Do you need your app to get through the process as quickly as possible, regardless of errors? Can you figure out why that sporadic issue keeps stopping the deploy process? What’s blocking you from getting your changes to production with confidence?
That’s how you’re going to find those key metrics quickly. Running experiments and looking at common deploy problems will show you what’s important early on. This is one of the ways you can make sure that your metrics are relevant.
#devops #devops-principles #devops-tools #devops-challenges #devops-adoption-challenges #devops-adoption #continuous-deployment #continuous-integration
From conceptualization to deployment, the process of developing software applications or web applications is complex. By going through several intricate phases of development, a web application or software is tested on multiple levels before being proceeded into production.
In most cases, software application development becomes time-consuming due to its specifications and complexities. In order to deliver the application in a short span of time, software developers are following a universal set of practices called the DevOps lifecycle.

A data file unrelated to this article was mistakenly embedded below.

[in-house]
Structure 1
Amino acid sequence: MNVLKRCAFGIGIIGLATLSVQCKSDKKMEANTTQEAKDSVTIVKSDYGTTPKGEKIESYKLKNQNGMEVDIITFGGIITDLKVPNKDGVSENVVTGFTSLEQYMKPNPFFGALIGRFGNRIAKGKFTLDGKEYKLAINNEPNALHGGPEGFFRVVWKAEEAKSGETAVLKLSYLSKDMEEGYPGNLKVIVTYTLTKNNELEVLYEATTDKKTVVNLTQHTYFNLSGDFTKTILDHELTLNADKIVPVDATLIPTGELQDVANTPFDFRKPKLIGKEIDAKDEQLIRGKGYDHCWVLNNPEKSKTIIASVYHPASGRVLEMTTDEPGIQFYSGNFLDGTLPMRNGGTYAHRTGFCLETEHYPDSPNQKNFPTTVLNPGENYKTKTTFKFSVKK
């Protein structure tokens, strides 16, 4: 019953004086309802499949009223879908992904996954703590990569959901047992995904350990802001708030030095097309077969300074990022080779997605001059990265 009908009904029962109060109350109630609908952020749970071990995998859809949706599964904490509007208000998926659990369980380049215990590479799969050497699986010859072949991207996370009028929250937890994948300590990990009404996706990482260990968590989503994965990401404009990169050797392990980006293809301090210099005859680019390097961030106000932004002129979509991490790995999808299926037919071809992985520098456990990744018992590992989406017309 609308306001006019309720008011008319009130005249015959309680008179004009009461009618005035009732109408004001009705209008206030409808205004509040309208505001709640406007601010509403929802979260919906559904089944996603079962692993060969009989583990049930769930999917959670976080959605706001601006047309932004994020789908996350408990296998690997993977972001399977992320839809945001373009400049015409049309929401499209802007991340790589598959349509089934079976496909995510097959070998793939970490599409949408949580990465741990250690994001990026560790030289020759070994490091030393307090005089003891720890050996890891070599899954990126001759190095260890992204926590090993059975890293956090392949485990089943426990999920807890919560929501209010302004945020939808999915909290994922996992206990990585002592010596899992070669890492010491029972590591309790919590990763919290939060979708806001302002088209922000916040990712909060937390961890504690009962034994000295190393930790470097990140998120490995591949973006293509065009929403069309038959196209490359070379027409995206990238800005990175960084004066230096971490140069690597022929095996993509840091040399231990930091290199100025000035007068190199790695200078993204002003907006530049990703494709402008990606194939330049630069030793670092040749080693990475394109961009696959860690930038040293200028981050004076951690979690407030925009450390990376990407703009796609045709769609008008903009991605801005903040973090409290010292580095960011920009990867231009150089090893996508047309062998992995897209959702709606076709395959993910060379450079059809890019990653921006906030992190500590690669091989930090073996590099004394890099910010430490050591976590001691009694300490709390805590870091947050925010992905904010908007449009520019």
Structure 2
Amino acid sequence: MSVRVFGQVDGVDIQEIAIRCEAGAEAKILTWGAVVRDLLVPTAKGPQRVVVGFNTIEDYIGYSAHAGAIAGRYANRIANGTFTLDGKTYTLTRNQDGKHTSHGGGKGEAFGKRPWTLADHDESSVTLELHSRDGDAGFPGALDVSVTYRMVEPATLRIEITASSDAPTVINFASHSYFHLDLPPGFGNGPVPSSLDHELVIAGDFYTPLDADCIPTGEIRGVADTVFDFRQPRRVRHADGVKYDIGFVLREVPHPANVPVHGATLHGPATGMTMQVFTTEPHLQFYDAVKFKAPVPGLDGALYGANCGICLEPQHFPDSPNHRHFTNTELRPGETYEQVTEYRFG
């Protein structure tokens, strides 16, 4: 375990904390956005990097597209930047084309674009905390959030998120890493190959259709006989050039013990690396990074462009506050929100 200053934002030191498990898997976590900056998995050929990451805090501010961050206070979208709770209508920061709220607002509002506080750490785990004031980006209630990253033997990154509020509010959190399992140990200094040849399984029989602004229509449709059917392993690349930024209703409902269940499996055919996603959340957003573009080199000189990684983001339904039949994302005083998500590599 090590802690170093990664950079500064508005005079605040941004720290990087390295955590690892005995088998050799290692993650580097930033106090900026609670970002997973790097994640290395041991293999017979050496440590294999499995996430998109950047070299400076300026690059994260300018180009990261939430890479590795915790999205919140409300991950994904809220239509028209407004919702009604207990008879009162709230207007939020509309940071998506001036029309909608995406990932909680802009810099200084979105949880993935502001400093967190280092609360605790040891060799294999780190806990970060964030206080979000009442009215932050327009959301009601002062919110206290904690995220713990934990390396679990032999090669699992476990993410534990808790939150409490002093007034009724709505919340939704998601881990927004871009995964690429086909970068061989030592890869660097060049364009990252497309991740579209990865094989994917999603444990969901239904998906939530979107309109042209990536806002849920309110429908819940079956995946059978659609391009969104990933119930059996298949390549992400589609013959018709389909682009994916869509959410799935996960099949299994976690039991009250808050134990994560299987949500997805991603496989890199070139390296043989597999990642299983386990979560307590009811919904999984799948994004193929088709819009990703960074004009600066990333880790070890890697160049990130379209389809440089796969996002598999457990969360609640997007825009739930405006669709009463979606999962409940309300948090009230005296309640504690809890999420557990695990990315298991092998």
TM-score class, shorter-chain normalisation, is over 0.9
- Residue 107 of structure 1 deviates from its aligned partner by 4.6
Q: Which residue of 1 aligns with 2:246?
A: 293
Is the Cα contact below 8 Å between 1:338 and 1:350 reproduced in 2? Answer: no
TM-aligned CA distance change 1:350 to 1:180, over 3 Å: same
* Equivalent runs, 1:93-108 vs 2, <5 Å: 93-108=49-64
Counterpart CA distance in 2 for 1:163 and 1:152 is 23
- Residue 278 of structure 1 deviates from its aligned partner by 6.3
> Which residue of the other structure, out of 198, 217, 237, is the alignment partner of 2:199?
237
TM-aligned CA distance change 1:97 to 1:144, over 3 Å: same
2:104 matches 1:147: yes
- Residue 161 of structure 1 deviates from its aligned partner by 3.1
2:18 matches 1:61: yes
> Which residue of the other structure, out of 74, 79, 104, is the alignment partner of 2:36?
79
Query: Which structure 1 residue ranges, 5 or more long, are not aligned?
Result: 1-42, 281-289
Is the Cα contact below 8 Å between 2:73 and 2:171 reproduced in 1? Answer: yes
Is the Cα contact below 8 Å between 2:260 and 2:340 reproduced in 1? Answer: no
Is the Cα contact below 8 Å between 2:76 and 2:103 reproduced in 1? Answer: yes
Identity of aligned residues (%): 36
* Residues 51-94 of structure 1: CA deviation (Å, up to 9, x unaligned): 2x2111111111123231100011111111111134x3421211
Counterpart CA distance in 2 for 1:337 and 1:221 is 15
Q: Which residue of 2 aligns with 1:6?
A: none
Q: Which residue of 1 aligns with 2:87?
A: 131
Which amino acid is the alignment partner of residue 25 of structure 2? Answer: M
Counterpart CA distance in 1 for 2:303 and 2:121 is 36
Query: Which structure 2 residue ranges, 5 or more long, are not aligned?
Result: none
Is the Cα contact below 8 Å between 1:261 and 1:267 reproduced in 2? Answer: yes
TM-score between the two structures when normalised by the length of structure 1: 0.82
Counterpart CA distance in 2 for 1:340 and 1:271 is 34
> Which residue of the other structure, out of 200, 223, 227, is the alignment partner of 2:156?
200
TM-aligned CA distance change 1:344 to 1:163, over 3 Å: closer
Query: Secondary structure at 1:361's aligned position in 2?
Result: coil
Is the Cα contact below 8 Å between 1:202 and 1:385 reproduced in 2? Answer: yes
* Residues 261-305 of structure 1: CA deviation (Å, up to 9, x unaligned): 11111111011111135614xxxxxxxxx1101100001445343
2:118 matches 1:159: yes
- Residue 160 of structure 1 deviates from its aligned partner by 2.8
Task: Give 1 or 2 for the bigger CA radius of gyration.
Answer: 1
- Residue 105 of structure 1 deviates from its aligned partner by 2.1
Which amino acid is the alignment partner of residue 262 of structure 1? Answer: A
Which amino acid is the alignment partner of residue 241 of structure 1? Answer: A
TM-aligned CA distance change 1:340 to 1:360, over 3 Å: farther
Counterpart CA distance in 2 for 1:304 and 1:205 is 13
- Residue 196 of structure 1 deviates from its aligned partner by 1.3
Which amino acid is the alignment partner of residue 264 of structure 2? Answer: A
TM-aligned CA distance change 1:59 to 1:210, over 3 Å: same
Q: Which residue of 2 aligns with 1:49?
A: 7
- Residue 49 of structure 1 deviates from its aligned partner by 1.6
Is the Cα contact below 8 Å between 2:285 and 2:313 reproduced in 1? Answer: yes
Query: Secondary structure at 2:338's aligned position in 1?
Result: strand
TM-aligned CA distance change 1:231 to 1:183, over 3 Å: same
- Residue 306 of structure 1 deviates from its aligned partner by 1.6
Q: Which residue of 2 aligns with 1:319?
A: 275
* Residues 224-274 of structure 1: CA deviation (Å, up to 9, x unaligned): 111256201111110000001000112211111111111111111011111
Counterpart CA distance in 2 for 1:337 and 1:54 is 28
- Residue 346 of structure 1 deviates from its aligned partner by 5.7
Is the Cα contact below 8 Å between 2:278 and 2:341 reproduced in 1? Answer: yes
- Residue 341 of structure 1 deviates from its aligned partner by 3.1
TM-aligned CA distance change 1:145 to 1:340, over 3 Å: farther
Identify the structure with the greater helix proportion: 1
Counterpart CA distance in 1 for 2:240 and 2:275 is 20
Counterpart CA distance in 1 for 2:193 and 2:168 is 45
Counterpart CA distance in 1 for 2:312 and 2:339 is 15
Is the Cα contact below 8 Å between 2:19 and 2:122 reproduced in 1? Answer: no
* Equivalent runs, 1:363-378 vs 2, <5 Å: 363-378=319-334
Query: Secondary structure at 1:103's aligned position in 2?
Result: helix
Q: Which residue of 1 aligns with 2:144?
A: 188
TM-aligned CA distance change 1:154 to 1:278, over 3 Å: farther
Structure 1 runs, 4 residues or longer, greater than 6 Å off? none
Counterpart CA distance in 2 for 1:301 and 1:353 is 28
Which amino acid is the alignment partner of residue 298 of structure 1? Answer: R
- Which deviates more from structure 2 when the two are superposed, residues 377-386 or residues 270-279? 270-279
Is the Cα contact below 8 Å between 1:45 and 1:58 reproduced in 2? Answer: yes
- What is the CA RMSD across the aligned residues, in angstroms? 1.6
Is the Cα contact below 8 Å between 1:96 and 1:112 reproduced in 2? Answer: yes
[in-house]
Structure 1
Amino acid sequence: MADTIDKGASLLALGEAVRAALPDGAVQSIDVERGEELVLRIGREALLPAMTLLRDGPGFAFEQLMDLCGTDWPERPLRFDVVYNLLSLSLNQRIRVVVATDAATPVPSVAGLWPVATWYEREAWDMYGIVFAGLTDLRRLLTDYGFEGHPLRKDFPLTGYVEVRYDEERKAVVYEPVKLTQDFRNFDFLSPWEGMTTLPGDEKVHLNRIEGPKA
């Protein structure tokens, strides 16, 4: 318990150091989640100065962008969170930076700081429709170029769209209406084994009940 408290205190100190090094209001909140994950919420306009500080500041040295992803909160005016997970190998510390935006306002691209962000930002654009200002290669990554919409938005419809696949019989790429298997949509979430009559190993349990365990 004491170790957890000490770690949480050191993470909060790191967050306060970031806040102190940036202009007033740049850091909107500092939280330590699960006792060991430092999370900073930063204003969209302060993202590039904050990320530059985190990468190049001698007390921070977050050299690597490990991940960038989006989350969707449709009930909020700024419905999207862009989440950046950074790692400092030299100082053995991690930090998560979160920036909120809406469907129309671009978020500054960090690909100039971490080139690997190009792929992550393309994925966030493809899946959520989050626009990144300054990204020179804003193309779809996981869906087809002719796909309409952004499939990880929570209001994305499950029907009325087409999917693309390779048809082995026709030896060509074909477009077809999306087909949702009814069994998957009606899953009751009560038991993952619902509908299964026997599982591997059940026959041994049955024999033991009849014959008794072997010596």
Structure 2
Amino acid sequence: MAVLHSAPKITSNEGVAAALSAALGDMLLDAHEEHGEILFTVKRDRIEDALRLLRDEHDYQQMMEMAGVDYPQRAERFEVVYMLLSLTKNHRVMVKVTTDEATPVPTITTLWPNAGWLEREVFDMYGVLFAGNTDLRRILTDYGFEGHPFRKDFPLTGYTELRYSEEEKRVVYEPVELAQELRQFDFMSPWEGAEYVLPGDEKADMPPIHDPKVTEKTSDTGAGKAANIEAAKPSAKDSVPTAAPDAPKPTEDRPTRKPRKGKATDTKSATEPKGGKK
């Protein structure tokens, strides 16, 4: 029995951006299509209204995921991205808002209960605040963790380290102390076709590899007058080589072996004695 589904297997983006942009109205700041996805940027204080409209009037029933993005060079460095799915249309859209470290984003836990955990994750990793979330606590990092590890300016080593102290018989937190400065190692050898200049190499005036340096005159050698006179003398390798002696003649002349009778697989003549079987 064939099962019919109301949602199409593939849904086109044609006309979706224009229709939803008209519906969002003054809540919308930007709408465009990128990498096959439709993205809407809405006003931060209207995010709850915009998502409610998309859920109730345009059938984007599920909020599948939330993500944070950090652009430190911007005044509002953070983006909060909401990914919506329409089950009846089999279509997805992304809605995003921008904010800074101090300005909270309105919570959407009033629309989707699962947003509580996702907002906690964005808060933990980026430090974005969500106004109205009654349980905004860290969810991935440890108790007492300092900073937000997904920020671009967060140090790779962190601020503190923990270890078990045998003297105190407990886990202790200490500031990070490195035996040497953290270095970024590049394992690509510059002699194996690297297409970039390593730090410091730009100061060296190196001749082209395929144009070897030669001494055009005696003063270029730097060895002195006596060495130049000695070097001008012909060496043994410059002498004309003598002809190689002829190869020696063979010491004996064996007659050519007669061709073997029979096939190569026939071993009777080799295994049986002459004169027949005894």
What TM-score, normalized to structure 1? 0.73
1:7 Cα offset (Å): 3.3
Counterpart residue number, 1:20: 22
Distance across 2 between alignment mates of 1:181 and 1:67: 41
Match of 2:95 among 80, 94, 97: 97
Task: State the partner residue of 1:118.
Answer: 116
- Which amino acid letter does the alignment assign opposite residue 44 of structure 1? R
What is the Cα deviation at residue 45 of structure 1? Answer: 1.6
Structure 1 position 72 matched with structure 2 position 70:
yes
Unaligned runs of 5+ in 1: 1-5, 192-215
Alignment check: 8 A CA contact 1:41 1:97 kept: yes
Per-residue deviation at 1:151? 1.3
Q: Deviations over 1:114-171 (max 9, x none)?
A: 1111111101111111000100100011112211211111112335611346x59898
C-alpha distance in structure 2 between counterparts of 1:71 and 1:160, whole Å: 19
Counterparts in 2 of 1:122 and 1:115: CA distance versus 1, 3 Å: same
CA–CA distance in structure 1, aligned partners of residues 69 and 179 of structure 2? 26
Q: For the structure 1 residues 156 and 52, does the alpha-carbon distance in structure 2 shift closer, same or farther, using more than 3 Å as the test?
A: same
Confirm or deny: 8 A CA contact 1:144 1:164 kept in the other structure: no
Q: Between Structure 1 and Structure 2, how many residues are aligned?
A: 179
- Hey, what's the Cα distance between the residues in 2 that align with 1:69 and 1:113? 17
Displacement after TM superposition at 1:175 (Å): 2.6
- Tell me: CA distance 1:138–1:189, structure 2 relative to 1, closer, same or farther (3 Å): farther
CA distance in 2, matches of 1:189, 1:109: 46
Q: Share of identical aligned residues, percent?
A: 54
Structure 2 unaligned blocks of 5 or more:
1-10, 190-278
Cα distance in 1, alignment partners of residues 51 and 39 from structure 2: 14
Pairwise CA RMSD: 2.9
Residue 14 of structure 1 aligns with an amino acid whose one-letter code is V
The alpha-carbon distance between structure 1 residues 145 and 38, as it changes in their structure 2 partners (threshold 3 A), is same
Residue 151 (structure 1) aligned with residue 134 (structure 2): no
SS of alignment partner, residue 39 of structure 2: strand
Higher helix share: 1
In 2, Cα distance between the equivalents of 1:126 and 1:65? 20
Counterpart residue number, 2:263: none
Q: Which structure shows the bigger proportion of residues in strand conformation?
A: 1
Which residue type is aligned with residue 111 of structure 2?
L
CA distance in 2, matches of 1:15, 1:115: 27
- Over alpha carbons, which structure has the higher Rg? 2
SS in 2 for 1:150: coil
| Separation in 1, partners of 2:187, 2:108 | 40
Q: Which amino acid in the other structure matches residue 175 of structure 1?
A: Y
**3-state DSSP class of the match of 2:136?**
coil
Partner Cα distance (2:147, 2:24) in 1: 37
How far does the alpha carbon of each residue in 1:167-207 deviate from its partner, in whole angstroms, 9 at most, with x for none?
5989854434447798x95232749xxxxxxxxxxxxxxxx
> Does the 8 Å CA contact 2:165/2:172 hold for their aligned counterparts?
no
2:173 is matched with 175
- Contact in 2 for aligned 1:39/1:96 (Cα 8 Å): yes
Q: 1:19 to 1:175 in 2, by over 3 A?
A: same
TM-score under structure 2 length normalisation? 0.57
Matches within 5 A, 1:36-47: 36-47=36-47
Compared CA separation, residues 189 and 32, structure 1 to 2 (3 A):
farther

So, what is DevOps in the world of software application development? Let’s deep dive into its meaning, uses, as well as each critical phase in the DevOps lifecycle.
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DevOps is a new catalyst that is rapidly spreading throughout the tech industry. Over the years it has gained much popularity and everyone has their own interpretation of it. It emerged a few after agile programming practices, and nowadays people are trying to figure out the relevance of enterprise DevOps. Before we move on to that, we first need to understand DevOps, its culture, and some other aspects.
There are many forms of divides in the tech industry. DevOps concepts solve this one in particular. Therefore, to understand and fully appreciate DevOps we first need to focus on this dispute. Within any software company, there has long been a divide between the development and operations teams.